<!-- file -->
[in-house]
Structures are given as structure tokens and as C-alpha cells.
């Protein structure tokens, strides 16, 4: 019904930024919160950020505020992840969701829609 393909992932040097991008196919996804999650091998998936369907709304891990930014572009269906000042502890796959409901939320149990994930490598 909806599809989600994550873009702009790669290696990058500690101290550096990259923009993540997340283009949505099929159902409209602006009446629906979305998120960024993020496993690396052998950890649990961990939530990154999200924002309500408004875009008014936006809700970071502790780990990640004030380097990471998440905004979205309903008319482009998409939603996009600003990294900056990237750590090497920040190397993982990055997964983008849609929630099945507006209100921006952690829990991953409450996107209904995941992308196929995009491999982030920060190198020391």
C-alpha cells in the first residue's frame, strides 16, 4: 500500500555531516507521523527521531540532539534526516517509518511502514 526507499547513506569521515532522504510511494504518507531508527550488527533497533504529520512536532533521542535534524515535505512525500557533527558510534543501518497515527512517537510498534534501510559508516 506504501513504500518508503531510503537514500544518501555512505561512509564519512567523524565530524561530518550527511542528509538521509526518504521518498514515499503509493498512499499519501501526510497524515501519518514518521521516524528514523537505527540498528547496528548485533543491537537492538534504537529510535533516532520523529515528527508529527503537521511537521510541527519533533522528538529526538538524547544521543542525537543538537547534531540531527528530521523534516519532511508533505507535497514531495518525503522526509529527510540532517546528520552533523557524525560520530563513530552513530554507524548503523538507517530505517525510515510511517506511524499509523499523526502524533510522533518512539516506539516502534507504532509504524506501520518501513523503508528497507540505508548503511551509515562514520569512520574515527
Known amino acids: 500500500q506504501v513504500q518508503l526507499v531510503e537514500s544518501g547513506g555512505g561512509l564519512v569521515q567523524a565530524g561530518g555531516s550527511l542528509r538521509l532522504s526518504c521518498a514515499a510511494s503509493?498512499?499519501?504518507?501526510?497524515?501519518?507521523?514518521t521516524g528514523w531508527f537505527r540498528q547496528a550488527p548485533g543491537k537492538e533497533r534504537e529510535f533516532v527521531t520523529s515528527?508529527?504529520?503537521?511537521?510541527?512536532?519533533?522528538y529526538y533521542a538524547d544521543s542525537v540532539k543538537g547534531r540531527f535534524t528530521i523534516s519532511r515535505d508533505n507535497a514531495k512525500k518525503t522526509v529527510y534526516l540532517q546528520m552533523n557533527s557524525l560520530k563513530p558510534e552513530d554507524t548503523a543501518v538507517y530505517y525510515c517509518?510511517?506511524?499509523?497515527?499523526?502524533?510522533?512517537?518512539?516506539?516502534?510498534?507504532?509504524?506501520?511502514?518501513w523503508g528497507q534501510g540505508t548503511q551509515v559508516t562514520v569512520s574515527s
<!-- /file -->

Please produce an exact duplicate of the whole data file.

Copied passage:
[in-house]
Structures are given as structure tokens and as C-alpha cells.
């Protein structure tokens, strides 16, 4: 019904930024919160950020505020992840969701829609 393909992932040097991008196919996804999650091998998936369907709304891990930014572009269906000042502890796959409901939320149990994930490598 909806599809989600994550873009702009790669290696990058500690101290550096990259923009993540997340283009949505099929159902409209602006009446629906979305998120960024993020496993690396052998950890649990961990939530990154999200924002309500408004875009008014936006809700970071502790780990990640004030380097990471998440905004979205309903008319482009998409939603996009600003990294900056990237750590090497920040190397993982990055997964983008849609929630099945507006209100921006952690829990991953409450996107209904995941992308196929995009491999982030920060190198020391």
C-alpha cells in the first residue's frame, strides 16, 4: 500500500555531516507521523527521531540532539534526516517509518511502514 526507499547513506569521515532522504510511494504518507531508527550488527533497533504529520512536532533521542535534524515535505512525500557533527558510534543501518497515527512517537510498534534501510559508516 506504501513504500518508503531510503537514500544518501555512505561512509564519512567523524565530524561530518550527511542528509538521509526518504521518498514515499503509493498512499499519501501526510497524515501519518514518521521516524528514523537505527540498528547496528548485533543491537537492538534504537529510535533516532520523529515528527508529527503537521511537521510541527519533533522528538529526538538524547544521543542525537543538537547534531540531527528530521523534516519532511508533505507535497514531495518525503522526509529527510540532517546528520552533523557524525560520530563513530552513530554507524548503523538507517530505517525510515510511517506511524499509523499523526502524533510522533518512539516506539516502534507504532509504524506501520518501513523503508528497507540505508548503511551509515562514520569512520574515527
Known amino acids: 500500500q506504501v513504500q518508503l526507499v531510503e537514500s544518501g547513506g555512505g561512509l564519512v569521515q567523524a565530524g561530518g555531516s550527511l542528509r538521509l532522504s526518504c521518498a514515499a510511494s503509493?498512499?499519501?504518507?501526510?497524515?501519518?507521523?514518521t521516524g528514523w531508527f537505527r540498528q547496528a550488527p548485533g543491537k537492538e533497533r534504537e529510535f533516532v527521531t520523529s515528527?508529527?504529520?503537521?511537521?510541527?512536532?519533533?522528538y529526538y533521542a538524547d544521543s542525537v540532539k543538537g547534531r540531527f535534524t528530521i523534516s519532511r515535505d508533505n507535497a514531495k512525500k518525503t522526509v529527510y534526516l540532517q546528520m552533523n557533527s557524525l560520530k563513530p558510534e552513530d554507524t548503523a543501518v538507517y530505517y525510515c517509518?510511517?506511524?499509523?497515527?499523526?502524533?510522533?512517537?518512539?516506539?516502534?510498534?507504532?509504524?506501520?511502514?518501513w523503508g528497507q534501510g540505508t548503511q551509515v559508516t562514520v569512520s574515527s